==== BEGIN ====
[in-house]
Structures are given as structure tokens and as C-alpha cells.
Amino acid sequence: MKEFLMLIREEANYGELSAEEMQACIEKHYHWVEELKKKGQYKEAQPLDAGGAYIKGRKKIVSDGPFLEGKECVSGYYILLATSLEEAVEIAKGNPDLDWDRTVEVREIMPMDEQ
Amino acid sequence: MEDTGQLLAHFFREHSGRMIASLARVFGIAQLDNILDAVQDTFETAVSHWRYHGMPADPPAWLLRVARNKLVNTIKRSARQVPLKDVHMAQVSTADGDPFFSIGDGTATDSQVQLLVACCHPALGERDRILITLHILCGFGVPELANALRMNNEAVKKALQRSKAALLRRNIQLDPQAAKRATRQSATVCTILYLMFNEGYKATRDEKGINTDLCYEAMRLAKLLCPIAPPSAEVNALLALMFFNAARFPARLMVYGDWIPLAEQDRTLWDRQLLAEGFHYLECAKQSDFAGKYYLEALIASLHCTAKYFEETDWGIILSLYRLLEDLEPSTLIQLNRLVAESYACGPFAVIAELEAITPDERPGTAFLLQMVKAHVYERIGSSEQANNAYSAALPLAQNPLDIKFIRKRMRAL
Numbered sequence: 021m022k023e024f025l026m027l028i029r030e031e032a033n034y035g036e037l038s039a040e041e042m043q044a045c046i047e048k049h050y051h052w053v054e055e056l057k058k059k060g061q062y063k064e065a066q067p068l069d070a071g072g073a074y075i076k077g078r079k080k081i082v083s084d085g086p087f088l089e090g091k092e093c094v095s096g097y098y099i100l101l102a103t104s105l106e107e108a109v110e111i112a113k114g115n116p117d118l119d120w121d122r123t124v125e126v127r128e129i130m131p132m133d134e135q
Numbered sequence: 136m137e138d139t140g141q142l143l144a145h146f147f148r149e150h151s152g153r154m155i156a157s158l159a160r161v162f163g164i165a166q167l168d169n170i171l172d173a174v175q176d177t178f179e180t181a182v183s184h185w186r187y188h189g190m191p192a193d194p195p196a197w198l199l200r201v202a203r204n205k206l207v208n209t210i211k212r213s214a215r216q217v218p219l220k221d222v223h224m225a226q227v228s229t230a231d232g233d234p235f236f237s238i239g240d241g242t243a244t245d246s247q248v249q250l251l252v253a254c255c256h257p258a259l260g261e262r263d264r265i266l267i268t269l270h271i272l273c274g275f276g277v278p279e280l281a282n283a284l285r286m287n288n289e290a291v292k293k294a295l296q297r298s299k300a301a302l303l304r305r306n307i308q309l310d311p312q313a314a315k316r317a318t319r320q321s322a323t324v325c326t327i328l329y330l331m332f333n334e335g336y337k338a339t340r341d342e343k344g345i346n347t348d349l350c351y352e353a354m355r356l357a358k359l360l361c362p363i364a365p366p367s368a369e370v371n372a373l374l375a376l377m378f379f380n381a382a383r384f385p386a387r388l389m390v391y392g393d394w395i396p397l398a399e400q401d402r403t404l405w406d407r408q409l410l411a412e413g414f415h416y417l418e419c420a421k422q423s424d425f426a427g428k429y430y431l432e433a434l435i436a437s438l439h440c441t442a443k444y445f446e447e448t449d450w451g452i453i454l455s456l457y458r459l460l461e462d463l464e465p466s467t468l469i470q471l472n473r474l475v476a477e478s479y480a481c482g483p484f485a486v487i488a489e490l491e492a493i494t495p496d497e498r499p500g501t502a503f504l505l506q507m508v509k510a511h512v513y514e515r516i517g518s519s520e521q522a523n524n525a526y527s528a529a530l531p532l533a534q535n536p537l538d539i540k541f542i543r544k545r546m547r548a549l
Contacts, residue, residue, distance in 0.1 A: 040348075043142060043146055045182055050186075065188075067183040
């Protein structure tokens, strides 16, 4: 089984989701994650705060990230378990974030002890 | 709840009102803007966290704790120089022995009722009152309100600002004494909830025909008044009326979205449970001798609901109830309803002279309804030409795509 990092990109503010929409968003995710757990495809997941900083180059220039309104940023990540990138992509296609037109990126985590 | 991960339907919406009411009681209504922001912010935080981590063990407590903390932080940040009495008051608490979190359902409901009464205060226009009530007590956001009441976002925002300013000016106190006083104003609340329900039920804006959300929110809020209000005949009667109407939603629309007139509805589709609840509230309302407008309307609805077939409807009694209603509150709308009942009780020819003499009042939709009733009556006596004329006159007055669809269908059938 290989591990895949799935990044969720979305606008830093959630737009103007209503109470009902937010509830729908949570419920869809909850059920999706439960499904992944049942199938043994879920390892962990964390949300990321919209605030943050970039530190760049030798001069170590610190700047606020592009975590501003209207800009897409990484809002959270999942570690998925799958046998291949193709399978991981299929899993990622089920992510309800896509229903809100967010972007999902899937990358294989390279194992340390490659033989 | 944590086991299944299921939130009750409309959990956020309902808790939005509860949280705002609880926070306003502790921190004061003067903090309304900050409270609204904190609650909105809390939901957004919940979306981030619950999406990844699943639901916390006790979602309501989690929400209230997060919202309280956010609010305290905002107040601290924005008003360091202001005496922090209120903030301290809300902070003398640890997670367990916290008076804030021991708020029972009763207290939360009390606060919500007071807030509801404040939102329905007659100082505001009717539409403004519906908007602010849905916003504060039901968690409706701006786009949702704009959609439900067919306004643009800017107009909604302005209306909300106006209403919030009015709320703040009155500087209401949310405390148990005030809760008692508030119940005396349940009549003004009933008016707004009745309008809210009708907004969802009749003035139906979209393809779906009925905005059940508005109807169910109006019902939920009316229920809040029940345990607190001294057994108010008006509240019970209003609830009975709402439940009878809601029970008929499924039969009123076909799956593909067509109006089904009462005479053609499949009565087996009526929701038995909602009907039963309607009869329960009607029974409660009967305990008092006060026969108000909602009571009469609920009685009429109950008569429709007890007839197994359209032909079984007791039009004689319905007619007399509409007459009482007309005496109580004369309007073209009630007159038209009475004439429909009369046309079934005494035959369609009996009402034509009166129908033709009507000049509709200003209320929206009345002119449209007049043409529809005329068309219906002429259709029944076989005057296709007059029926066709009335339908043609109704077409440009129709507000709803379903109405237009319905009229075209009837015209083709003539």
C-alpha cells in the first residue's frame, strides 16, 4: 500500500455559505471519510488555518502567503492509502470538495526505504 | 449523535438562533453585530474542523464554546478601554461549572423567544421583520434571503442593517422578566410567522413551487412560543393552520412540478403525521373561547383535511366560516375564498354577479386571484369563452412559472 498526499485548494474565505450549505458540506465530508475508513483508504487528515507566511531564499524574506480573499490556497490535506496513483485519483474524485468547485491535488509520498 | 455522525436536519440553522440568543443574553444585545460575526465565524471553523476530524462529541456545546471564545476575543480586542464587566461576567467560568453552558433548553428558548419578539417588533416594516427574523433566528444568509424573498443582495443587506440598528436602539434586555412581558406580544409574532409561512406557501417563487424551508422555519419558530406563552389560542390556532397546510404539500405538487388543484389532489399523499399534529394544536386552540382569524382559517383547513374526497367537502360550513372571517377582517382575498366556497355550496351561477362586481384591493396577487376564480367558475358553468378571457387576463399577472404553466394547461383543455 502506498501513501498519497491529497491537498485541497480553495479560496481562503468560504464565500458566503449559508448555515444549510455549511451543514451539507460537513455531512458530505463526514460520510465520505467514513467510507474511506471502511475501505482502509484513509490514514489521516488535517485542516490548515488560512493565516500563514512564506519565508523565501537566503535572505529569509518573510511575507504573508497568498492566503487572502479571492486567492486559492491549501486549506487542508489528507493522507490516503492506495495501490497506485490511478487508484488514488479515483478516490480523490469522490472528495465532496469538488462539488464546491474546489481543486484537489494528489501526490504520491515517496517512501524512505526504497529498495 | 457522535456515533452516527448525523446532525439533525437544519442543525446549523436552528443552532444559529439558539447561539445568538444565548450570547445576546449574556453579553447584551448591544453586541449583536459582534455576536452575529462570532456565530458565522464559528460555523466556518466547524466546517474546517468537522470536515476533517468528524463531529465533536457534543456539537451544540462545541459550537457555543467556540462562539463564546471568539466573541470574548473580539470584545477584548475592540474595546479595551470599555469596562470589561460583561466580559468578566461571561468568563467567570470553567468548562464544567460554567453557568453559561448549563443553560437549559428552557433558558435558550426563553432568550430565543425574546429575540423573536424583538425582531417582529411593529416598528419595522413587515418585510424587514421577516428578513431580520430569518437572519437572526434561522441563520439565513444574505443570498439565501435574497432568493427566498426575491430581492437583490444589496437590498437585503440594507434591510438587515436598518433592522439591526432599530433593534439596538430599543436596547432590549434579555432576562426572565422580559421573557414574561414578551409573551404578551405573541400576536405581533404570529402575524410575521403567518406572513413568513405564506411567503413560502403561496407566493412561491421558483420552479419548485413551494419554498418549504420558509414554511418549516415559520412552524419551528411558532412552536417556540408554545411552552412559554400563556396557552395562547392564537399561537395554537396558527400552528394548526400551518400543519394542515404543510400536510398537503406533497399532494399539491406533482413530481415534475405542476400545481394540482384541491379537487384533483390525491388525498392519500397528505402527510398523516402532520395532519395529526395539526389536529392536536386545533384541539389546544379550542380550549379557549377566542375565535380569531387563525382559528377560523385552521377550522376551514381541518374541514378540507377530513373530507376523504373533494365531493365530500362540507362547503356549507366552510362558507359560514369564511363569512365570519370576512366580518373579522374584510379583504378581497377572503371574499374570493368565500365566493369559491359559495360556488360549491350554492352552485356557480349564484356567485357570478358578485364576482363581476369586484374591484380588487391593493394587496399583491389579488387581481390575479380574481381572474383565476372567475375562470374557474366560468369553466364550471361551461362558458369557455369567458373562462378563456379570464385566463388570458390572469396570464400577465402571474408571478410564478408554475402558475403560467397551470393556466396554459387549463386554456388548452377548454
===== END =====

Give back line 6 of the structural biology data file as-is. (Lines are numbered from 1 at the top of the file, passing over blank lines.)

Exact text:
Numbered sequence: 136m137e138d139t140g141q142l143l144a145h146f147f148r149e150h151s152g153r154m155i156a157s158l159a160r161v162f163g164i165a166q167l168d169n170i171l172d173a174v175q176d177t178f179e180t181a182v183s184h185w186r187y188h189g190m191p192a193d194p195p196a197w198l199l200r201v202a203r204n205k206l207v208n209t210i211k212r213s214a215r216q217v218p219l220k221d222v223h224m225a226q227v228s229t230a231d232g233d234p235f236f237s238i239g240d241g242t243a244t245d246s247q248v249q250l251l252v253a254c255c256h257p258a259l260g261e262r263d264r265i266l267i268t269l270h271i272l273c274g275f276g277v278p279e280l281a282n283a284l285r286m287n288n289e290a291v292k293k294a295l296q297r298s299k300a301a302l303l304r305r306n307i308q309l310d311p312q313a314a315k316r317a318t319r320q321s322a323t324v325c326t327i328l329y330l331m332f333n334e335g336y337k338a339t340r341d342e343k344g345i346n347t348d349l350c351y352e353a354m355r356l357a358k359l360l361c362p363i364a365p366p367s368a369e370v371n372a373l374l375a376l377m378f379f380n381a382a383r384f385p386a387r388l389m390v391y392g393d394w395i396p397l398a399e400q401d402r403t404l405w406d407r408q409l410l411a412e413g414f415h416y417l418e419c420a421k422q423s424d425f426a427g428k429y430y431l432e433a434l435i436a437s438l439h440c441t442a443k444y445f446e447e448t449d450w451g452i453i454l455s456l457y458r459l460l461e462d463l464e465p466s467t468l469i470q471l472n473r474l475v476a477e478s479y480a481c482g483p484f485a486v487i488a489e490l491e492a493i494t495p496d497e498r499p500g501t502a503f504l505l506q507m508v509k510a511h512v513y514e515r516i517g518s519s520e521q522a523n524n525a526y527s528a529a530l531p532l533a534q535n536p537l538d539i540k541f542i543r544k545r546m547r548a549l